PA revises map that has often led to dead ends for COVID-19 vaccine applicants


Drawing people a map is not always a useful thing.

A typical example is the Pennsylvania map of locations that are supposed to be vaccinated against COVID-19. The State Department of Health map used green dots to indicate which health care providers had it in stock.

But after Pennsylvania opened the floodgates for vaccine demand two weeks ago by making everyone over 65 and many others immediately eligible, the card got nowhere for many Pennsylvanians.

In some places marked with a green dot, supplies were only intended for local health care providers. In others, the doses available to non-health professionals were quickly demanded. Many places, due to the crippling volume of calls, have become inaccessible.

Now the state has removed the green and red dots indicating the status of the vaccine supply. Since Tuesday afternoon, it contains only blue dots.

Blue dots indicate providers who are part of the COVID-19 vaccine distribution program. In most places, people can click on the item to find contact information.

“The use of blue dots indicates the location of registered vaccine providers. Because in many cases only providers know whether or not they have appointments available, we felt that this change would be the best representation for the public. Anyone looking to make an appointment should check with the provider if they have a vaccine and an appointment, ”state health department spokesman Barry Ciccocioppo said Tuesday afternoon.

Others have said that the best way to get as close as possible to the vaccine frontier is to stay in close contact with your doctor.

About 4 million Pennsylvanians are eligible for the COVID-19 vaccine, which is available to people 65 years of age and older and people 16 to 64 years of age with chronic illnesses.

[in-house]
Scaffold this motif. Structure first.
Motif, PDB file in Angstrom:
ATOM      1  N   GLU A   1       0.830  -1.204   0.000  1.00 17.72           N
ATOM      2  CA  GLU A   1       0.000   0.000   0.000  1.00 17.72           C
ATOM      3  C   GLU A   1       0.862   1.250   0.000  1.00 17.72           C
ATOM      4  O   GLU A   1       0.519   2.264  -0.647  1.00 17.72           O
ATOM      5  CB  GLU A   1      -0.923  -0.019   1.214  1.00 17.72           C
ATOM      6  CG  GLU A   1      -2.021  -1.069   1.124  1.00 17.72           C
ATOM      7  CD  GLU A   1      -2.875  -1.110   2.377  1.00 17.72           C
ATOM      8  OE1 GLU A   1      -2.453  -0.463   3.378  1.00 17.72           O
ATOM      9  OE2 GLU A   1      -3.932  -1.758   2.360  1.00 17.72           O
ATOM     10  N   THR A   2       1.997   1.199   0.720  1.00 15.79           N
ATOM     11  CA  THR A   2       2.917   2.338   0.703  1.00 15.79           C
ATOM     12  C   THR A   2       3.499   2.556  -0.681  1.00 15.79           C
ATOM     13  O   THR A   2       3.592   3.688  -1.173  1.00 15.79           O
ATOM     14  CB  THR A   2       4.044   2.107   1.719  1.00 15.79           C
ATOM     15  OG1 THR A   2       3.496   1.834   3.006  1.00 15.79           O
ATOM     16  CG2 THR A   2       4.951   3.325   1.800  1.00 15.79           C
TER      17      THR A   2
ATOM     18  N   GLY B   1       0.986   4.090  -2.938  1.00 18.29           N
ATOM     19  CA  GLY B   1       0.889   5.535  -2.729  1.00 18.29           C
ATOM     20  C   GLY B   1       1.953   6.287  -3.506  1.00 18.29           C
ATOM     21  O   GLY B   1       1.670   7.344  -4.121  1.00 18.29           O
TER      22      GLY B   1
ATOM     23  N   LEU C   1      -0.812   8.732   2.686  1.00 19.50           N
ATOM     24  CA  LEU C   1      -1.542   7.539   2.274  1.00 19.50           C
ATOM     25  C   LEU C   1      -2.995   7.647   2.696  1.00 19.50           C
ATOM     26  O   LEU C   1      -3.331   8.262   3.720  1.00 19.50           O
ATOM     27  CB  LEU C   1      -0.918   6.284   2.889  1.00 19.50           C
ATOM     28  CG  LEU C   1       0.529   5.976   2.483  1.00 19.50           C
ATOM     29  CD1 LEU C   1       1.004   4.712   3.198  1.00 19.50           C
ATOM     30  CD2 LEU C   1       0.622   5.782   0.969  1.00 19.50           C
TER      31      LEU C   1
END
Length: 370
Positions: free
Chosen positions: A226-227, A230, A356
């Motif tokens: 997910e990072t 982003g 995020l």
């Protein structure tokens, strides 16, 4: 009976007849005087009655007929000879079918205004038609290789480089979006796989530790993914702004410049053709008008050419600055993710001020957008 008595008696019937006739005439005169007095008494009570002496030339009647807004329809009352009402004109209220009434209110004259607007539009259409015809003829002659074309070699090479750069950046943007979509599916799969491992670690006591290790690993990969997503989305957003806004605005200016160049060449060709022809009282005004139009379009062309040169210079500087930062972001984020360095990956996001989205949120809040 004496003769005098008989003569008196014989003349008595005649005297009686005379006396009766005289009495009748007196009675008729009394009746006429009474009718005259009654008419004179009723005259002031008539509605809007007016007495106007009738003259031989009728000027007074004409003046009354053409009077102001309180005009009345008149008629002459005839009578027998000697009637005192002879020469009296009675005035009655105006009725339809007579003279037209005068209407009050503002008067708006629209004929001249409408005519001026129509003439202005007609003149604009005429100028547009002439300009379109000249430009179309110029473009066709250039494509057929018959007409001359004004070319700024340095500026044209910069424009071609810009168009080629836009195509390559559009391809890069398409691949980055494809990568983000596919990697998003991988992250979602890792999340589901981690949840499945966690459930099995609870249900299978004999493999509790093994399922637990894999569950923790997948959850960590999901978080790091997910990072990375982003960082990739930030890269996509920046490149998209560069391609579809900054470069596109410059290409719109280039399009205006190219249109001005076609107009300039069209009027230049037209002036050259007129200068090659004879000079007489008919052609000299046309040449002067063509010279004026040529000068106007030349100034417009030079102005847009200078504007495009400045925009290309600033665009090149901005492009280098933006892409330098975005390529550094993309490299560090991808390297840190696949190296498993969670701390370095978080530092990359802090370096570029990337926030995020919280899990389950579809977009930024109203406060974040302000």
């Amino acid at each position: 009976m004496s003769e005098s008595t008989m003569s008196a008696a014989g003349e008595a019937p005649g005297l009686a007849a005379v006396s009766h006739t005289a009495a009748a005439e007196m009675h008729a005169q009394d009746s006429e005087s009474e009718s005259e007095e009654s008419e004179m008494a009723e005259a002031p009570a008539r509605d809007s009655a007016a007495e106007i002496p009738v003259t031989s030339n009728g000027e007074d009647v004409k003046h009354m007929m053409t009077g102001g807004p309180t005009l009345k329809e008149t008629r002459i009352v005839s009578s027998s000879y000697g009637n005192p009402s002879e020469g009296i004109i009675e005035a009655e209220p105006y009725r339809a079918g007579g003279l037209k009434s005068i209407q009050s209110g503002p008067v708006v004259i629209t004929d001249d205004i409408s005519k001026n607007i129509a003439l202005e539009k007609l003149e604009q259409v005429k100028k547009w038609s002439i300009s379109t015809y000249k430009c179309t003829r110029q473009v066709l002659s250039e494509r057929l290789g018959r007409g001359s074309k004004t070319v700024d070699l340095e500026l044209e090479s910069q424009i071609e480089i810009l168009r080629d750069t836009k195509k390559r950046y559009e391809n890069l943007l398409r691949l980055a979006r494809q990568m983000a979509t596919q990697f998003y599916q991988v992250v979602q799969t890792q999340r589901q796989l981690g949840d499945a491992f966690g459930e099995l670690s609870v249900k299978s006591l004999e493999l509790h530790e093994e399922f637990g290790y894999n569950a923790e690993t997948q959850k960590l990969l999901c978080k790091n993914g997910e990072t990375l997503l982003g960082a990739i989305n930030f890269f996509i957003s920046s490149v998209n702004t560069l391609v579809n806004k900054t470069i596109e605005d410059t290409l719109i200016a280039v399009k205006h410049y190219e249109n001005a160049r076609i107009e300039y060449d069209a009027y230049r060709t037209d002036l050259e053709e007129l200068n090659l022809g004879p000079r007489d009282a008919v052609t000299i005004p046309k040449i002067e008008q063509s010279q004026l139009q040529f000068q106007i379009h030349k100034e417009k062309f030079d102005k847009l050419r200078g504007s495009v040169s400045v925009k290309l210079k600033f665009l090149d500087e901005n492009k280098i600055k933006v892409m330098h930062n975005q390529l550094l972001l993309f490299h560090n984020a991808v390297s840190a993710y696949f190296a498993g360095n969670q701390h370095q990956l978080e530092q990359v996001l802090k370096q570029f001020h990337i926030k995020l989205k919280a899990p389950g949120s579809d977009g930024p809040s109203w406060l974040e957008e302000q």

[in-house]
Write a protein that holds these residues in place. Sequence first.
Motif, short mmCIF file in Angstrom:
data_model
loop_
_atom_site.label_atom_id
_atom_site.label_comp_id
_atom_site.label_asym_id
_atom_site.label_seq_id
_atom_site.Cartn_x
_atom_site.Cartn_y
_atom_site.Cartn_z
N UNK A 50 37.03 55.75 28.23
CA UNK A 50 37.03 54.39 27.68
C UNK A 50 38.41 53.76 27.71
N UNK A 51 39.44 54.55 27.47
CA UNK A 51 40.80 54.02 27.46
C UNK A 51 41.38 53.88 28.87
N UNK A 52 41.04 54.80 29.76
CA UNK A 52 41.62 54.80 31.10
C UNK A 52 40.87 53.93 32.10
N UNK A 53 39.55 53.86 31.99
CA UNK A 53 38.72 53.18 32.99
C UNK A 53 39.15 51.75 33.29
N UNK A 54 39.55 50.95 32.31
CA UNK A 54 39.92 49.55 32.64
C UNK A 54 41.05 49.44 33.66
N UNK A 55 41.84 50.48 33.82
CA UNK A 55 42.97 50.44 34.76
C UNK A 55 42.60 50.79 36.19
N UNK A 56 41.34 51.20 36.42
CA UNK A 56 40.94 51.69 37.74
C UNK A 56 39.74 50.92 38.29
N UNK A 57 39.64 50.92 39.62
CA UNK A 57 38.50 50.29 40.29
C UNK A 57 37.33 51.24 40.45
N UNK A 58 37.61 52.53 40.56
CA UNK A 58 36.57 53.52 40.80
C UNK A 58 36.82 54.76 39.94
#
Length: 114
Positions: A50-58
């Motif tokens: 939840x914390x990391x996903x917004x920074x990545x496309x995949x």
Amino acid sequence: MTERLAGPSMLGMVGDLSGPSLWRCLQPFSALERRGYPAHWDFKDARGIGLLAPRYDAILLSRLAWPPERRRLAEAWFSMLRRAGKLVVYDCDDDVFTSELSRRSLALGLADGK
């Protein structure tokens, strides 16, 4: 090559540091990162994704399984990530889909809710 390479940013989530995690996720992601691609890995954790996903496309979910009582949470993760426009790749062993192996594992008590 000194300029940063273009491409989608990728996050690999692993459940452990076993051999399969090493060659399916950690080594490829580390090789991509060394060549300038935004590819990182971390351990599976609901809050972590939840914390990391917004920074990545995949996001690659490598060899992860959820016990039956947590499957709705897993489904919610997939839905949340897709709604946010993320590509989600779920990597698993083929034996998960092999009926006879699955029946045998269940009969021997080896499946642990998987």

Still, the number of green dots – or at least green dots that stay green for any length of time – will likely stay low for weeks.

Pennsylvania expects approximately 160,000 doses this week for people receiving their first dose. The state is receiving an additional amount for people who received their first dose three weeks ago.

Some of the 160,000 doses are reserved for health workers, although most have been vaccinated, and health care providers such as large health systems are in the process of transitioning to a larger portion of their allocations. the provision of non-health workers.

Another portion of the 160,000 doses goes to people living in long-term care facilities. State officials predict that it will be necessary to wait until the end of February to finish vaccinating them.

State health officials hope the federal government’s vaccine supply will increase significantly by the week. Yet the calculations clearly show that it will take several weeks to vaccinate all Pennsylvanians who are currently eligible.

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